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New Zealand's Productivity Performance - TPRP 08/02

International comparisons

To place New Zealand’s labour productivity performance in context, Figure 3 shows economy-wide labour productivity growth in New Zealand relative to Australia, Canada, and the United States. Once again, these are on an hours-worked basis and presented as moving averages (in this case, five years) to reduce fluctuations.

Productivity growth in New Zealand is below that of other nations over the long term, but a recent slowing is also evident in some other nations.

New Zealand’s annual labour productivity growth rate over the whole 36-year period averaged 1.1% per annum, below Australia (1.6%), Canada (1.5%), and the United States (1.7%). Using 5-year moving averages, New Zealand’s productivity growth was especially low in the late 1970s and very early 1980s. Following this, there were periods when productivity growth was above some of the comparators, including Australia. Nevertheless, from the early 1990s to the mid-2000s, New Zealand’s labour productivity growth was below that of Australia and generally below that of the other comparators.

 

Figure 3: Labour productivity growth (economy wide, 5-year average)
Figure 3: Labour productivity growth (economy wide, 5-year average).
Source: Source: OECD, The Treasury

New Zealand’s annual labour productivity growth (5-year moving average) slowed from almost 2% in 2003 to around 1% in 2006, the lowest among this group of comparators. However, Australia and Canada also experienced a slowing of labour productivity growth of a similar magnitude in recent years. This pattern is also evident in some OECD nations not shown in the graph (eg, Germany and Italy).

New Zealand’s lower per capita GDP reflects a lower level of productivity.

Figure 4 looks at the gap between the level of GDP per capita for OECD economies and the United States (in 2006) and decomposes the gap into labour utilisation (ie, hours worked per capita) and GDP per hour worked. The percentage point gap between New Zealand’s GDP per capita and that of the United States is around 41. This gap is essentially due to a gap in labour productivity. New Zealand ranks 22nd among the 30 OECD nations in terms of labour productivity and this matches the ranking on GDP per capita, despite having the fifth highest utilisation of labour in the OECD.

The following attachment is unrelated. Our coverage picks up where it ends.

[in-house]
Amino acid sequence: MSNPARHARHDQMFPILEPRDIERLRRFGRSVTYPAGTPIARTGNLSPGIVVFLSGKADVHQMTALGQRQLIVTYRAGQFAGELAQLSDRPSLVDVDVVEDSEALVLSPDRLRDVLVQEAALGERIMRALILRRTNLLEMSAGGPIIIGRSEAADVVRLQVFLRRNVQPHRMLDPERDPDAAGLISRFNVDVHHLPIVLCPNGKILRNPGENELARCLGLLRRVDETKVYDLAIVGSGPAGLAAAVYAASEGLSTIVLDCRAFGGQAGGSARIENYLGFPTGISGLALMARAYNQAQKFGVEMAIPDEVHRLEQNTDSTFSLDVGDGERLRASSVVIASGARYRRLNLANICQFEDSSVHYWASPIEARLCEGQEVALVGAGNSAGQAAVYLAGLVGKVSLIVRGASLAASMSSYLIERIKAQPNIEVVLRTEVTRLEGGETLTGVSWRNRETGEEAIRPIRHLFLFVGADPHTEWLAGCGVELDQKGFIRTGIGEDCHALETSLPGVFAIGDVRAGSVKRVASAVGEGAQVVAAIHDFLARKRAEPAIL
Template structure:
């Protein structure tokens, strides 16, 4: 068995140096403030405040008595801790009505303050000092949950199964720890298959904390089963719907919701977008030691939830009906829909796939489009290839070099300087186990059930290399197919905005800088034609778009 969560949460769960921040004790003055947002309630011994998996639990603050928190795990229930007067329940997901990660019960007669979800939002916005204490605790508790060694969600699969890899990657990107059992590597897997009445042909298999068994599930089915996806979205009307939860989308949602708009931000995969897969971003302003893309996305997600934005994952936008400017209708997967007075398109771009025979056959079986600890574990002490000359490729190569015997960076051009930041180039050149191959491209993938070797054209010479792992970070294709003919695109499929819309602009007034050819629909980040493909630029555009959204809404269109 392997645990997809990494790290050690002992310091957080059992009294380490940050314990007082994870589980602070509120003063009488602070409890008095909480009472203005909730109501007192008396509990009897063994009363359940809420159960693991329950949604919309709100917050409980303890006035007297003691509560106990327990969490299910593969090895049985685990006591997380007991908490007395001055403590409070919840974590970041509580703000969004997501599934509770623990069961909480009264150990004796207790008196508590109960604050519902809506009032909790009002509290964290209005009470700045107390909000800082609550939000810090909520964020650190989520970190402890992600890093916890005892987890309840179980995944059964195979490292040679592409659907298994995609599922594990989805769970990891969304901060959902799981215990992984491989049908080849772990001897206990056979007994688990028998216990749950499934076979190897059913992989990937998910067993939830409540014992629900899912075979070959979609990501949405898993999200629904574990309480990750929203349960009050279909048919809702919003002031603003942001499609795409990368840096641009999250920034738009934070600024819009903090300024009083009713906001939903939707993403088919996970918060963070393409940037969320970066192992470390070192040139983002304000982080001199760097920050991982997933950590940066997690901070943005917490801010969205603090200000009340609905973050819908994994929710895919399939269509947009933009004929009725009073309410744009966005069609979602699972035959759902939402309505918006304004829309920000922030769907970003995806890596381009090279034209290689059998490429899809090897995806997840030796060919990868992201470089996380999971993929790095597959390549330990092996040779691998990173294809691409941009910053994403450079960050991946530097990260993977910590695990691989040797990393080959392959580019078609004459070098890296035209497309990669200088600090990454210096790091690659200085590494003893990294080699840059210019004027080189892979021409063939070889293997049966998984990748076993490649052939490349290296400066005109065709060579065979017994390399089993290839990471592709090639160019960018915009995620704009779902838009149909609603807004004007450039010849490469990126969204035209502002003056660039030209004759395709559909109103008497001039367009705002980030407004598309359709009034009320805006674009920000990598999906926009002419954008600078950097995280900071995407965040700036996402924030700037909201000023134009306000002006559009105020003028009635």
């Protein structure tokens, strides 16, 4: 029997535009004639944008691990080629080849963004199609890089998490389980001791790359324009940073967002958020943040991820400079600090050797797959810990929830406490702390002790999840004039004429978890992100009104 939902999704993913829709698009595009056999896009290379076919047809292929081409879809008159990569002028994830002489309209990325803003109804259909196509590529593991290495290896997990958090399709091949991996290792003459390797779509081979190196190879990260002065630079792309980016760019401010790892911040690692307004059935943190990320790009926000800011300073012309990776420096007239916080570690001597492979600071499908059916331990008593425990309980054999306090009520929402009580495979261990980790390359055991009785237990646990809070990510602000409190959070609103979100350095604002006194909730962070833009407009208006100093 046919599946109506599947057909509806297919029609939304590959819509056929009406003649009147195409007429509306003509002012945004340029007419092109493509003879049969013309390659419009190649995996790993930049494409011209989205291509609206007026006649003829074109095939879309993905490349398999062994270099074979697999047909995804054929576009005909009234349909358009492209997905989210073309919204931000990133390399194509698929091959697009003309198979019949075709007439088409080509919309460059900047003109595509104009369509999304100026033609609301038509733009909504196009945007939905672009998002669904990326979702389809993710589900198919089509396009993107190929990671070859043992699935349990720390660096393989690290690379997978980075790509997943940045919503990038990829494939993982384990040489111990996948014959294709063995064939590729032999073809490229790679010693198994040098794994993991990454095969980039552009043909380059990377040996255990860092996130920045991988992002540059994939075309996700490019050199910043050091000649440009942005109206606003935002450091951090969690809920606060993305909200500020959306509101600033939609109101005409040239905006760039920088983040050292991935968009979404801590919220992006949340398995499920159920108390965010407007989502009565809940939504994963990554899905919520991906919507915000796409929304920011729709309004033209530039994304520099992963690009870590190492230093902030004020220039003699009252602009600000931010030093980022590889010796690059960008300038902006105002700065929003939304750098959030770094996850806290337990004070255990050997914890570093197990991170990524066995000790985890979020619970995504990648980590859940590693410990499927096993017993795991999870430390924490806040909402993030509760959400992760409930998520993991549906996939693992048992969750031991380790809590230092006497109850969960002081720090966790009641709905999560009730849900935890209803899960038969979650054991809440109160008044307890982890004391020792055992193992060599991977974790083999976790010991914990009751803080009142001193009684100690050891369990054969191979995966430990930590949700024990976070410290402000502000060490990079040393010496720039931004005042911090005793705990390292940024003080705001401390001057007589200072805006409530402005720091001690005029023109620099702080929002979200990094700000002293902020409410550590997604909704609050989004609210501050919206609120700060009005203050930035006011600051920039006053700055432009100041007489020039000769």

Figure 4: Decomposition of gap in GDP per capita related to the United States, 2006
Figure 4: Decomposition of gap in GDP per capita related to the United States, 2006.
Source: Source: OECD

Notes:

  1. Based on 2006 purchasing power parities (PPPs). For Luxembourg, the population is augmented by the number of cross-border workers to take account of their contribution to GDP. For Greece, data take into account a 10% upward revision to GDP as agreed to by Eurostat in October 2007.
  2. Labour resource utilisation is measured as total number of hours worked per capita.
  3. Labour productivity is measured as GDP per hour worked.
The lower level of labour productivity in New Zealand is a long-term issue.

The relatively low level of labour productivity in New Zealand has been an issue for some time. Using estimates from the Conference Board (2008), the level of labour productivity was fairly steady from the mid-1960s through until the early 1980s (Figure 5). Labour productivity growth has picked up since then but has not been enough to close the gap with these comparator nations or the OECD average. Using the Conference Board (2008) data, New Zealand’s ranking of 22nd in the OECD in terms of level of labour productivity has been constant since the 1980s.

Figure 5: Long-term labour productivity levels
Figure 5: Long-term labour productivity levels.
Source: The Conference Board and Groningen Growth and Development Centre (2008)

Note: OECD unweighted average is an estimate of 24 nations in the OECD with data available from 1960

Measured sector productivity performance

Official productivity data cover the measured sector of the New Zealand economy.

In New Zealand, as in many nations, productivity measurement issues are important. As discussed in Section 2 above, one element of measurement is that some industries do not have independent measures of both inputs and outputs. New Zealand now has official productivity statistics for the measured sector (see Box 1), which is the focus of this section.

Labour productivity growth in the measured sector averaged 2.0% per annum from 1978 to 2007.

Output growth in the measured sector averaged 2.6% per annum from 1978 to 2007. The main driver of this output growth was labour productivity growth of 2.0% per annum. Growth in labour input in the measured sector averaged 0.6% per annum. This is quite a slow growth rate and reflects large falls in the late 1980s and early 1990s and the exclusion of growth in labour input outside of the measured sector.

Productivity growth can be volatile from year to year so should be examined over the course of a cycle.